- Have you made a persuasive argument to support your informed point of view? Have you addressed both sides of the debate?
- Have you used relevant source material? Have you carefully referenced all your sources, both direct quotations and paraphrasing?
- Do you have a clear conclusion?
- Have you included a bibliography?
- Have you corrected all typing, spelling, punctuation and grammar errors? Is your assignment the required length?
Briskin, L. (2005). Assigning Grades and Feedback Policies. York University, Division of Social Science. Canada. Retrieved July 29, 2012 from http://www.yorku.ca/laps/sosc/Foundations/documents/Assigninggradesandfeedbackpolicies2005
van Duzer, J. (2002). Instruction Design Tips for Online Learning. California State University, Chico. Retrieved July 29, 2012 from http://www.csuchico.edu/tlp/resources/rubric/instructionalDesignTips.pdf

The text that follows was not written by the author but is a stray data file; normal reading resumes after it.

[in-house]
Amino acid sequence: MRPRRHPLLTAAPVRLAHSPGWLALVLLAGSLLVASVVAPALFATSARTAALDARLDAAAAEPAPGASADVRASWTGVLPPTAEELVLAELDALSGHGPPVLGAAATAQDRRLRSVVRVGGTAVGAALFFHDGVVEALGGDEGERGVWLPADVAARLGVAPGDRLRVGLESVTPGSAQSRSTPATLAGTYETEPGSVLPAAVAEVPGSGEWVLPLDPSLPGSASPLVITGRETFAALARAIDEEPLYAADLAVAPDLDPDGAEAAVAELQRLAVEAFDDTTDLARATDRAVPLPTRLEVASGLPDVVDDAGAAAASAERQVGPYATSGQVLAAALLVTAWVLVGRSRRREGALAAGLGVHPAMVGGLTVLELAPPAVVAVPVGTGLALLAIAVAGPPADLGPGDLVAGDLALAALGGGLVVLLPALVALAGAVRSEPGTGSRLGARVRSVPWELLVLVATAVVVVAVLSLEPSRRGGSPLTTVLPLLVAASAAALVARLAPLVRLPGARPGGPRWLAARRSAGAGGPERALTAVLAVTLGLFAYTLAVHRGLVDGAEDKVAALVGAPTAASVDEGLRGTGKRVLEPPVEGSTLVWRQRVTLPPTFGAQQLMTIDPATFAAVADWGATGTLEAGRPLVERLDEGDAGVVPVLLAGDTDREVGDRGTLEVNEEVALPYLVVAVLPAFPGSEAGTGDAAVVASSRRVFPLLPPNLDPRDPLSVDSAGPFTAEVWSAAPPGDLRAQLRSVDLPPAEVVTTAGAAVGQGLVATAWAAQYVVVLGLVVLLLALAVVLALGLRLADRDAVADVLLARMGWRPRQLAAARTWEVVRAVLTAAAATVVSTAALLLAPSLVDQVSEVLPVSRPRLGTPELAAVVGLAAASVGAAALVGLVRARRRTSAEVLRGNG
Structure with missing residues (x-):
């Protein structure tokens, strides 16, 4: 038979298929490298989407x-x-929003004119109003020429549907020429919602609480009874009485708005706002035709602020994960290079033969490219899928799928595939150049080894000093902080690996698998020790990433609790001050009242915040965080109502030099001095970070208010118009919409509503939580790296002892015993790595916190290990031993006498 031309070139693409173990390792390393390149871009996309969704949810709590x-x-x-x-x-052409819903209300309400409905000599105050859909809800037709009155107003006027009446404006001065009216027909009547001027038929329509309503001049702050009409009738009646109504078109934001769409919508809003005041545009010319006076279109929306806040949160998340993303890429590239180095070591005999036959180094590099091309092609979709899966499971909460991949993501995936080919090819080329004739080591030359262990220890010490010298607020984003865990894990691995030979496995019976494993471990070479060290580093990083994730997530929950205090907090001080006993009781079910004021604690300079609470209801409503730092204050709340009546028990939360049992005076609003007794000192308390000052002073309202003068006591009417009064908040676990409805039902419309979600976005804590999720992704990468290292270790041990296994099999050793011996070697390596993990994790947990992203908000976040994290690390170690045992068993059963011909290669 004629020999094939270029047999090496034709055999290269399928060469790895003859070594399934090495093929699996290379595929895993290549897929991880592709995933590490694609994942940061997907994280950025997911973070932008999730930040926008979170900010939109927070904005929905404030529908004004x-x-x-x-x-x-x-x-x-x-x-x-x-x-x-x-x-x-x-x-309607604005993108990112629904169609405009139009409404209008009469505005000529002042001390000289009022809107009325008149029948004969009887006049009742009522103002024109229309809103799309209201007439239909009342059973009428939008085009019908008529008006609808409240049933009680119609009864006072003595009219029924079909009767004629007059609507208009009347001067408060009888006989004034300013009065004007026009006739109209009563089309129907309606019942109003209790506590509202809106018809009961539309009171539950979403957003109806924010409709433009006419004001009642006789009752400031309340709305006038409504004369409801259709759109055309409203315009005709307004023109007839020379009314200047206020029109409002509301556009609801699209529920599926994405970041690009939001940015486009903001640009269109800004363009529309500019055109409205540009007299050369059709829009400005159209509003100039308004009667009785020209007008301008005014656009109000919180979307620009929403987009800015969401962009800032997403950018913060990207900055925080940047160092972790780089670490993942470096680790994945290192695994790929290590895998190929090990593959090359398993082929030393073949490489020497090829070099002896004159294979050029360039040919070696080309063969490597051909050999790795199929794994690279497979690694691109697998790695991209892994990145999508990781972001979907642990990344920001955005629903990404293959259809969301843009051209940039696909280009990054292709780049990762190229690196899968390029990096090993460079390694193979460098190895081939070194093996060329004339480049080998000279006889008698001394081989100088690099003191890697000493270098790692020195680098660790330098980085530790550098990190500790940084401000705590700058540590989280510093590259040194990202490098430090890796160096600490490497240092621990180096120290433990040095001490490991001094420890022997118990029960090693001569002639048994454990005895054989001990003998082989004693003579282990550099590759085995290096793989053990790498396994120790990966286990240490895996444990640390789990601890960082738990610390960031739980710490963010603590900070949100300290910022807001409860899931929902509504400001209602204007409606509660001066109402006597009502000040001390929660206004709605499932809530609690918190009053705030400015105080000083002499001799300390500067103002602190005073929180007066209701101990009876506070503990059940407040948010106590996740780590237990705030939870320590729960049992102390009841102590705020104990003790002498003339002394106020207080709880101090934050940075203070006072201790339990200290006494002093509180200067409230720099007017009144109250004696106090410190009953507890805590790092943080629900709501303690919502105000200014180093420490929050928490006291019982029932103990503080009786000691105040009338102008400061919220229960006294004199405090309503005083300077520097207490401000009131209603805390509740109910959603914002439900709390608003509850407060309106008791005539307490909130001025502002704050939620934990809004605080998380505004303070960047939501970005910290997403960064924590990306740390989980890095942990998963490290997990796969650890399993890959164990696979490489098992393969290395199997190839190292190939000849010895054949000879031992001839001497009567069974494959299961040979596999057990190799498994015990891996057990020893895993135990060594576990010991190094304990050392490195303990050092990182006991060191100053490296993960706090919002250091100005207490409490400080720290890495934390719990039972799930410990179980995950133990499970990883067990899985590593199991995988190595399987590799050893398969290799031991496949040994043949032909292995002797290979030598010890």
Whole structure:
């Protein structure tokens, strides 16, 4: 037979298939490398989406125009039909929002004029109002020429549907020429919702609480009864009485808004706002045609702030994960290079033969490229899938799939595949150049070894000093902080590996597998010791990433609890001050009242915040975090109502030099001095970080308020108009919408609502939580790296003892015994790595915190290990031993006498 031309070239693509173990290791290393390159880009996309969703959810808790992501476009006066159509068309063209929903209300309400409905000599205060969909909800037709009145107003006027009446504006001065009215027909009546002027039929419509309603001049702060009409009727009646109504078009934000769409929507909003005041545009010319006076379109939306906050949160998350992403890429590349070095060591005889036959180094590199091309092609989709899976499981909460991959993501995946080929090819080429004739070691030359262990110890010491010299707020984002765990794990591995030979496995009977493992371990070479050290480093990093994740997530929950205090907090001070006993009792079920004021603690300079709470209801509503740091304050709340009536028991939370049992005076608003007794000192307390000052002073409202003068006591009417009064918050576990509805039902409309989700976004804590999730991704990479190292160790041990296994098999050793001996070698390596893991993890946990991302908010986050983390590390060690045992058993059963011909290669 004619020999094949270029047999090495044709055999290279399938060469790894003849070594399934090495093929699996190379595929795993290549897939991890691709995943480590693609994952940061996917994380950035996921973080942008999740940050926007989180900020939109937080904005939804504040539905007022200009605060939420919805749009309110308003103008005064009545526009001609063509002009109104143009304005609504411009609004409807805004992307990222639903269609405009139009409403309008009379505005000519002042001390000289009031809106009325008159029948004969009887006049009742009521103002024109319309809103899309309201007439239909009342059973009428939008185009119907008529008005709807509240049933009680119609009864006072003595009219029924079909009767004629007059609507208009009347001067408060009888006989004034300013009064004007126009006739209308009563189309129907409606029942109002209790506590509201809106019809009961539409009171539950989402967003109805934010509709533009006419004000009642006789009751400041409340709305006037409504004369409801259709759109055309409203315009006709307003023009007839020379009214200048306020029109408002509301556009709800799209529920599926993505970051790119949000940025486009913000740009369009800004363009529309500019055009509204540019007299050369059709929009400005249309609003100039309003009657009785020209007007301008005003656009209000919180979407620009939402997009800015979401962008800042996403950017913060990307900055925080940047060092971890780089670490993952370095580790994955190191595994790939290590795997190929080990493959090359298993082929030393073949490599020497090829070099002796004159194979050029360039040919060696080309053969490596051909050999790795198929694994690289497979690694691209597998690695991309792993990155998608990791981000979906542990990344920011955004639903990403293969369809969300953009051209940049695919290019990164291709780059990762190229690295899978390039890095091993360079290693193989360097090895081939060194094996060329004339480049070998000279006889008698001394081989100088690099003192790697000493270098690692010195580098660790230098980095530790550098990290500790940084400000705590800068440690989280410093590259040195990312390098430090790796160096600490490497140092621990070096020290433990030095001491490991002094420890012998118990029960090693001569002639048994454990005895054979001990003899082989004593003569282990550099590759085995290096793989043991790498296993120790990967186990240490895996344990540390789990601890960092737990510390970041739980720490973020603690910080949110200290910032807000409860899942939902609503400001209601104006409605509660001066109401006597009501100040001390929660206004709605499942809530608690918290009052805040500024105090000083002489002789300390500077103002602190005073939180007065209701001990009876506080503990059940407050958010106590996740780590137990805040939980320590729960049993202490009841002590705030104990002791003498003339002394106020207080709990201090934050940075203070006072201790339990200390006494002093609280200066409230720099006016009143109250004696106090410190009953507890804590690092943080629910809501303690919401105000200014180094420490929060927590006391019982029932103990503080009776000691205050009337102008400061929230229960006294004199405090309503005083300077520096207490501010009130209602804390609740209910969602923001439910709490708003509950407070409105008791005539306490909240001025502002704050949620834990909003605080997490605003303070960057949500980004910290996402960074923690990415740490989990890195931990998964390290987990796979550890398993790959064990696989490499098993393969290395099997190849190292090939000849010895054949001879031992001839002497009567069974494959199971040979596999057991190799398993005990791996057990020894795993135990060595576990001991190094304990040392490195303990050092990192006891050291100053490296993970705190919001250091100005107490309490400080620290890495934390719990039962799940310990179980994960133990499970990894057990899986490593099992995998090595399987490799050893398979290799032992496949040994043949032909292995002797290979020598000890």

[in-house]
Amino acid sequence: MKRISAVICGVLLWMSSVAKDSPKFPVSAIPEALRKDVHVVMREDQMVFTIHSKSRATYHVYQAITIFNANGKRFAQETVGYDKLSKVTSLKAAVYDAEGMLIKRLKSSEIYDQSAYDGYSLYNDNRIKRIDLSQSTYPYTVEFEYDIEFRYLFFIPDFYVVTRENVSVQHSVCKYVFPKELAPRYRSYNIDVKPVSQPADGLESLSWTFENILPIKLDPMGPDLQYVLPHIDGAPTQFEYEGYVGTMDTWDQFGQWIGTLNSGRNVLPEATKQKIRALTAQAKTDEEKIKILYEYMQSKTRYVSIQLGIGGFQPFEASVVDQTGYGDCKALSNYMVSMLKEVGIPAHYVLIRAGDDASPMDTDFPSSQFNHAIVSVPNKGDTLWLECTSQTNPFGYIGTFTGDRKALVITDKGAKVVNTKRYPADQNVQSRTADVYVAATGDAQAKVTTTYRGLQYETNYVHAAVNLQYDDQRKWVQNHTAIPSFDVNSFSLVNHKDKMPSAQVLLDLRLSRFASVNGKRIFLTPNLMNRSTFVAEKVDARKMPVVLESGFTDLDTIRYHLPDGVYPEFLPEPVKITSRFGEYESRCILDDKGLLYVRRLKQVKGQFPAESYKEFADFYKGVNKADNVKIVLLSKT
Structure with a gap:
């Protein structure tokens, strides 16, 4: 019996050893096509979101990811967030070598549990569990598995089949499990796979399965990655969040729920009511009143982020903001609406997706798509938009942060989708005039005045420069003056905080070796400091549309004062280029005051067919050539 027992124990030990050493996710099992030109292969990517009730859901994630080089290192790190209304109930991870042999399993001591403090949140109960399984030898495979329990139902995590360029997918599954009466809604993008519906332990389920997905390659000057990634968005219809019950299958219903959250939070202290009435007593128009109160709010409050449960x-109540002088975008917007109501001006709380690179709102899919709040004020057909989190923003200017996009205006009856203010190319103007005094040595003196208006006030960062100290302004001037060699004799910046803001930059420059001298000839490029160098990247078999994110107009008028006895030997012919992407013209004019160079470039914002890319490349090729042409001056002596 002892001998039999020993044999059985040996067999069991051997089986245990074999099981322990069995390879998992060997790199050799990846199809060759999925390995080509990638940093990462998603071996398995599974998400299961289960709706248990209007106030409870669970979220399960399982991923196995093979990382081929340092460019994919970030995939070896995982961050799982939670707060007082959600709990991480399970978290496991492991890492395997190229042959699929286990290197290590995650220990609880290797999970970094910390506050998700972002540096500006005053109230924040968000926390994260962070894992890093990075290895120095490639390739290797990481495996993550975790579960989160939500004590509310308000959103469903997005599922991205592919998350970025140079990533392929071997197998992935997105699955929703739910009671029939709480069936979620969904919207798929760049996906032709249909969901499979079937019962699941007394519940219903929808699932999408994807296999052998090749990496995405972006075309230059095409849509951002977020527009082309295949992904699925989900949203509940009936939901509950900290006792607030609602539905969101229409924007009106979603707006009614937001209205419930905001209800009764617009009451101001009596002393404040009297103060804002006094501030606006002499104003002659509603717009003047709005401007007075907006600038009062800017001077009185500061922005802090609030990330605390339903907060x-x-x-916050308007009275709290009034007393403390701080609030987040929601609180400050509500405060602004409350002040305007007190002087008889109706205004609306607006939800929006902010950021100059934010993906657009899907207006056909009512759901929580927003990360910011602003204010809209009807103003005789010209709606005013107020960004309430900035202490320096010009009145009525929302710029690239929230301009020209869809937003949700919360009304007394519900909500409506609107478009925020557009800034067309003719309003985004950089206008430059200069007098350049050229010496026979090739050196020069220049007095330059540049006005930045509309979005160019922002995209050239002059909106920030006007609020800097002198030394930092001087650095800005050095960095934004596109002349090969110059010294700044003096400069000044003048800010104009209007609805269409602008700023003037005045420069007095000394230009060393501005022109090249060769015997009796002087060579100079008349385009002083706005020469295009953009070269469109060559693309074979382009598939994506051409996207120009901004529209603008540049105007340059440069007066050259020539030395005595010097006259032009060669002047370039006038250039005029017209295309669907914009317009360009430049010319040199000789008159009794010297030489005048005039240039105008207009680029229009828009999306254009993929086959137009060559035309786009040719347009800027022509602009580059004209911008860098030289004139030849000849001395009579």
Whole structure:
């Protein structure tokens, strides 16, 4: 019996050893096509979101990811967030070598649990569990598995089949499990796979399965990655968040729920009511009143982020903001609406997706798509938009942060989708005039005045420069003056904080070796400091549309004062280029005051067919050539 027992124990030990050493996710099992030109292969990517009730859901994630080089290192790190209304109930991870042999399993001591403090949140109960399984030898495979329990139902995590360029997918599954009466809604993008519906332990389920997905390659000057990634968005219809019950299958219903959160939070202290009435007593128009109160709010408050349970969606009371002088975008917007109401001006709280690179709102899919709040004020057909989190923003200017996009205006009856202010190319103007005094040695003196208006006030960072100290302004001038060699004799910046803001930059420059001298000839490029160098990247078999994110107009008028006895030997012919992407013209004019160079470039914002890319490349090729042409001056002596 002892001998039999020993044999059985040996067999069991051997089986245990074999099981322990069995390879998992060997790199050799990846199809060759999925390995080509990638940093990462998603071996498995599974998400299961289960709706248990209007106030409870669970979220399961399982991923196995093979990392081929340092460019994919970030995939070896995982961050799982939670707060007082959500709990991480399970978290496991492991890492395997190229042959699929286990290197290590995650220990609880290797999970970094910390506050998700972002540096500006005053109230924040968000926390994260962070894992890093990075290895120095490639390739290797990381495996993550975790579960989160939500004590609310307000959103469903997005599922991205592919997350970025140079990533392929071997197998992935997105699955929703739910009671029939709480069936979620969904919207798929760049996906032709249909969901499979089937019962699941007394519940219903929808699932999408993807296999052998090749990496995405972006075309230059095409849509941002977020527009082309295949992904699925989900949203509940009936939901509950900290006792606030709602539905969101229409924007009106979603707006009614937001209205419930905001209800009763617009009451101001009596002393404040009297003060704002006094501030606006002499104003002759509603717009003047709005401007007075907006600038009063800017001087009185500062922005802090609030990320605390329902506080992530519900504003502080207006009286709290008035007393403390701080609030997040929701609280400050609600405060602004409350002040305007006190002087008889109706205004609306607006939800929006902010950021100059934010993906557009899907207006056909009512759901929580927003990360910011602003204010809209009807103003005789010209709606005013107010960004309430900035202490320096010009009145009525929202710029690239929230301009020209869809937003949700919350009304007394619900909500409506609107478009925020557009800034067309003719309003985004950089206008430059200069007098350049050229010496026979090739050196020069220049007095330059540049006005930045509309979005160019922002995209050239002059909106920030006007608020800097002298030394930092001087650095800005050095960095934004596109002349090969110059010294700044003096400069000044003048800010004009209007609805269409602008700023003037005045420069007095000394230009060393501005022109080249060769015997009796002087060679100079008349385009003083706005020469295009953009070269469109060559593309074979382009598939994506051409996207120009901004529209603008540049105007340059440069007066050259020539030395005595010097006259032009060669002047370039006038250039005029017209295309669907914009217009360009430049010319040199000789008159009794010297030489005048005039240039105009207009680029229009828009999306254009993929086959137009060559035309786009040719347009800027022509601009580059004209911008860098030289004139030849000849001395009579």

Vygotsky, L. S. (1978). Mind in Society: The Development of higher psychological processes. Cambridge, MA: Harvard University Press.
Note: These E-coaching tips were initially developed for faculty in the School of Leadership & Professional Advancement at Duquesne University in Pittsburgh, PA. This library of tips has been organized and updated through 2016 in the second edition of the book, The Online Teaching Survival Guide: Simple and Practical Pedagogical Tips coauthored with Rita Marie Conrad. Judith can be reached judith followed by designingforlearning.org.